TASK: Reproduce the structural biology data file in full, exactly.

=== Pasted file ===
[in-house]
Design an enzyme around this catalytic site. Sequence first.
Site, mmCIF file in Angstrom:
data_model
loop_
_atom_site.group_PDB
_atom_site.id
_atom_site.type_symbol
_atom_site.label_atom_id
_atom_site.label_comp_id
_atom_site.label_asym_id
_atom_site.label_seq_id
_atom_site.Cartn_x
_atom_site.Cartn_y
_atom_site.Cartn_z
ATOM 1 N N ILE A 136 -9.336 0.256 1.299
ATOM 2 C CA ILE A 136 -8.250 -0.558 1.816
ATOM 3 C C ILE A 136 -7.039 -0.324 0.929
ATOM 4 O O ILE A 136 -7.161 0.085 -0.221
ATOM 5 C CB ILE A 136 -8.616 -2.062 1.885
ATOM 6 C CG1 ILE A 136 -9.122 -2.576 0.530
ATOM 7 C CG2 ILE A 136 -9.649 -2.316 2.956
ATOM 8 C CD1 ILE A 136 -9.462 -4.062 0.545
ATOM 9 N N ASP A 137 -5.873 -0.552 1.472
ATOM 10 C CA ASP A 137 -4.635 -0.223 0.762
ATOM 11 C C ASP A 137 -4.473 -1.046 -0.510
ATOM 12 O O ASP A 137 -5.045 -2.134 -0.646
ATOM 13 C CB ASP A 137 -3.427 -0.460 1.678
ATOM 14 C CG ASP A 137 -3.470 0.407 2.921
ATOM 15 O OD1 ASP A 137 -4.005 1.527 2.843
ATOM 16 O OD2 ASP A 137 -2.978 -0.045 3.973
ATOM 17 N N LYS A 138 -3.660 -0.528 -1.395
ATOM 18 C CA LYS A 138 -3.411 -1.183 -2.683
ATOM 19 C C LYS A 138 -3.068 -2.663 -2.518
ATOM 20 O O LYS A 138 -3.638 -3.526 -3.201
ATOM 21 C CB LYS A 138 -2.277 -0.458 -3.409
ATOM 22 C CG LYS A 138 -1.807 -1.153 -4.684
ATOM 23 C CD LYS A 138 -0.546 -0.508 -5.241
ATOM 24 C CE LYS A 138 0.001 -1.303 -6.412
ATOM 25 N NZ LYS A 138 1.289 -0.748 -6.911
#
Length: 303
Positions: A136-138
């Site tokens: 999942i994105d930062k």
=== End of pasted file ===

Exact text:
[in-house]
Design an enzyme around this catalytic site. Sequence first.
Site, mmCIF file in Angstrom:
data_model
loop_
_atom_site.group_PDB
_atom_site.id
_atom_site.type_symbol
_atom_site.label_atom_id
_atom_site.label_comp_id
_atom_site.label_asym_id
_atom_site.label_seq_id
_atom_site.Cartn_x
_atom_site.Cartn_y
_atom_site.Cartn_z
ATOM 1 N N ILE A 136 -9.336 0.256 1.299
ATOM 2 C CA ILE A 136 -8.250 -0.558 1.816
ATOM 3 C C ILE A 136 -7.039 -0.324 0.929
ATOM 4 O O ILE A 136 -7.161 0.085 -0.221
ATOM 5 C CB ILE A 136 -8.616 -2.062 1.885
ATOM 6 C CG1 ILE A 136 -9.122 -2.576 0.530
ATOM 7 C CG2 ILE A 136 -9.649 -2.316 2.956
ATOM 8 C CD1 ILE A 136 -9.462 -4.062 0.545
ATOM 9 N N ASP A 137 -5.873 -0.552 1.472
ATOM 10 C CA ASP A 137 -4.635 -0.223 0.762
ATOM 11 C C ASP A 137 -4.473 -1.046 -0.510
ATOM 12 O O ASP A 137 -5.045 -2.134 -0.646
ATOM 13 C CB ASP A 137 -3.427 -0.460 1.678
ATOM 14 C CG ASP A 137 -3.470 0.407 2.921
ATOM 15 O OD1 ASP A 137 -4.005 1.527 2.843
ATOM 16 O OD2 ASP A 137 -2.978 -0.045 3.973
ATOM 17 N N LYS A 138 -3.660 -0.528 -1.395
ATOM 18 C CA LYS A 138 -3.411 -1.183 -2.683
ATOM 19 C C LYS A 138 -3.068 -2.663 -2.518
ATOM 20 O O LYS A 138 -3.638 -3.526 -3.201
ATOM 21 C CB LYS A 138 -2.277 -0.458 -3.409
ATOM 22 C CG LYS A 138 -1.807 -1.153 -4.684
ATOM 23 C CD LYS A 138 -0.546 -0.508 -5.241
ATOM 24 C CE LYS A 138 0.001 -1.303 -6.412
ATOM 25 N NZ LYS A 138 1.289 -0.748 -6.911
#
Length: 303
Positions: A136-138
């Site tokens: 999942i994105d930062k």